Stealing the Mona Lisa: The Art Theft of the Century

The Mona Lisa. Over 6 million people see this painting at
The Louvre each year. Of course, getting a picture of it while covered
in bullet proof glass and surrounded by hundreds of people is nearly impossible. What if I told you this painting is famous
not because DaVinci painted it, or because of that smile she has? What if I told you it has to do with one of
the most fascinating art heists the world has ever seen, but few people have ever heard
about. (music playing) The year was 1911, and it was really hot and
humid in Paris, which you would probably expect for Monday, August 21st. The night before three men had snuck into
the The Louvre and hidden overnight in a narrow storeroom. These three men were Vincenzo Perugia, and
his brothers Lancelotti, and Michele. All three Italian, and all three on a rescue
mission. Or, so they thought! Early in the morning they put on white workmen
smocks and headed to the Salon Carré. I know what you’re already thinking. Wait, I thought the Mona Lisa was in its own
gallery behind bulletproof glass surrounded by hordes of tourists? Nope, not at all. In fact, the Mona Lisa was in a huge gallery
along with many other pieces. That morning the three Italians rip the painting
off the wall, take off the glass shadow box and frame, then Perugia hides it under his
clothes. Next thing you know they snuck down a hidden
stairwell and out a side entrance into the streets of Paris. In no time at all, The Mona Lisa was gone. You would think alarms would go off, guards
would be at ready, police called immediately! But, you would be wrong. It took over 26 hours before anyone ever noticed
she was missing! Keep in mind, this is 1911, in what was then
the world’s largest building, and security was pretty weak with little more than 150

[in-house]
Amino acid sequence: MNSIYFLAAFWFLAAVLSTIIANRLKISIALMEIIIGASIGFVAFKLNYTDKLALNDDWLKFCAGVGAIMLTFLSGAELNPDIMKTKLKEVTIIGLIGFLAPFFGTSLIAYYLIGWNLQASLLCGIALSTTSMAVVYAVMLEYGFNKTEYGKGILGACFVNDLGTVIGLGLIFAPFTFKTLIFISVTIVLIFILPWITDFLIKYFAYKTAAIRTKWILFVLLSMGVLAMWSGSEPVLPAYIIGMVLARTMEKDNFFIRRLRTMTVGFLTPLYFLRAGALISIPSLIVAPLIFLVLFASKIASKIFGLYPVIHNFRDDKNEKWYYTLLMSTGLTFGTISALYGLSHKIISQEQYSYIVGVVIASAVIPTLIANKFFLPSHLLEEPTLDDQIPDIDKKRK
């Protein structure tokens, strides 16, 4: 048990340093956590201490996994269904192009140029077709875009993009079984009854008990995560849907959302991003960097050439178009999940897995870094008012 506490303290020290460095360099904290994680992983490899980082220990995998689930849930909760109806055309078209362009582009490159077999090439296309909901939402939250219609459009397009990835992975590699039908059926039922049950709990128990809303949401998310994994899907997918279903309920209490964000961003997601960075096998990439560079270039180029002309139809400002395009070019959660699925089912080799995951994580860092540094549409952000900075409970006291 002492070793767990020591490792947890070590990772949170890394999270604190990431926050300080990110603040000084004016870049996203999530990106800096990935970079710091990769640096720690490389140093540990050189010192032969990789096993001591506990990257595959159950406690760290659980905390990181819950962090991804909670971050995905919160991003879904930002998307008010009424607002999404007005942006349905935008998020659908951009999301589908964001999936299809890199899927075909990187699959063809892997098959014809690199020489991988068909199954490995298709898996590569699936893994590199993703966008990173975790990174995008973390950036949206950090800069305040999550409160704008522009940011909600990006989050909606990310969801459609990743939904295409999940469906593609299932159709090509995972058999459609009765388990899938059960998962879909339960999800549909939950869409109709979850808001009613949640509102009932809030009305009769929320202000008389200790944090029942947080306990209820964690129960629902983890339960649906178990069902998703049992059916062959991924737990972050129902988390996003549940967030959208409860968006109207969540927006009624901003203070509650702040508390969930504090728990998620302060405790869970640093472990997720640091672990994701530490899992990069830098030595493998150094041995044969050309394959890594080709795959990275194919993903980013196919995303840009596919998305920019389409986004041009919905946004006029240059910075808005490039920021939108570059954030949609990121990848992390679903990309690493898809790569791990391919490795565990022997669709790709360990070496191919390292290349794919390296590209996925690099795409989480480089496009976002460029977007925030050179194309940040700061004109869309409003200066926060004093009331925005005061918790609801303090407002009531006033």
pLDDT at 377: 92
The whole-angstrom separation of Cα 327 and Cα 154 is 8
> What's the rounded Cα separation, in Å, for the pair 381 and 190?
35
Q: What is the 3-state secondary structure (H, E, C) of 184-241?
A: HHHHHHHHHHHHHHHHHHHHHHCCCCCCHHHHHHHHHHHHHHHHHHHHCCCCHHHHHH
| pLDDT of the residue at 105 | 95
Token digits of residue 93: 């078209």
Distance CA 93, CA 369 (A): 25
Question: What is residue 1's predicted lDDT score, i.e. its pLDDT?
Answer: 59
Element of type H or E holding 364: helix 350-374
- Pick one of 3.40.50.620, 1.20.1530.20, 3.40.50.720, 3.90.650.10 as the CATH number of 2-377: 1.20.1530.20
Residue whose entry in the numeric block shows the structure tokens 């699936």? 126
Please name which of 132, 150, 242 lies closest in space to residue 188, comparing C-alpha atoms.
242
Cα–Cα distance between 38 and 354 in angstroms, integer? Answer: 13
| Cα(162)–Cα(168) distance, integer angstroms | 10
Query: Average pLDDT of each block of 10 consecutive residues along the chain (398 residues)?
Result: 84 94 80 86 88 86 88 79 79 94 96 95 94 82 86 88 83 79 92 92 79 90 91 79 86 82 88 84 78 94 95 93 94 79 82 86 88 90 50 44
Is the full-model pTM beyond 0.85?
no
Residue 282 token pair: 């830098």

guards. Stuff often went missing, and a lot of works
got damaged. At the time, the Mona Lisa was far from the
most visited painting in the Louvre. DaVinci painted it in 1507, and it took until
1860 for an art critic to finally decide it was a fine example of Renaissance art. Even then, it still wasn’t a popular painting. But, even though it wasn’t in its own gallery,
it wasn’t off the museum’s radar. One year prior in 1910, the museum was mailed
a letter from Vienna threatening the Mona Lisa. Museum officials hired a professional to put
about a dozen famous paintings under glass, including the Mona Lisa. The man who did the work was Vincenzo Perugia,
who happened to grow up in a village north of Milan, Italy. Name sound familiar? Stealing the Mona Lisa made sense for Perugia. Most paintings that were stolen often went
into a secret pipeline where you might barter for drugs, weapons, or other items. And trust me, Perugia definitely had the necessary criminal connections. But, by late Tuesday after the robbery was
discovered, there was a media explosion, not just in Paris, but in newspapers around the
world! Crowds flooded at police headquarters. Not so much because people loved the Mona
LIsa, but a theft from the Louvre, which was run by the French government gave newspapers the chance to poke fun at them, and they took it! At this point the Mona Lisa was way too hot
to sell or trade. Perugia didn’t just steal an Italian painting, he took the Mona Lisa, which had now become the world’s most famous painting. Perugia had hidden the painting in a false
bottom of a wooden trunk in his room. The following November police questioned him asking why he was late to work that Monday morning? Perugia simply said he was drunk the night
before and slept in. Police bought the lie and guess who they arrested
instead? Pablo Picasso! No worries, he was quickly released soon after. In December 1913, 28 months later, Perugia
left his boardinghouse with his trunk and took a train to Florence, Italy. He tried to sell the painting to an art dealer,
but the dealer quickly called the police. Perugia pled guilty and served only eight
months in prison. Now an international celebrity, the Mona Lisa
returned to the Louvre following exhibitions around Italy. Within the first 2 days over 100,000 people
came to see it! That brings us back to today, where millions
now flock to see this painting. A lot of people now question if this painting
is really that good? Maybe? Or, is a painting only great when enough people
collectively believe it is? As for the Mona Lisa, those eyes are definitely
doing something, and that smoky, sfumato technique DaVinci used to paint them was definitely
revolutionary. But, I say it’s not his best work. In fact, if you go see the Mona Lisa be sure
to step just outside the gallery where several other DaVinci pieces are hanging
with no one around them, of course. Until next time, be Artrageous!


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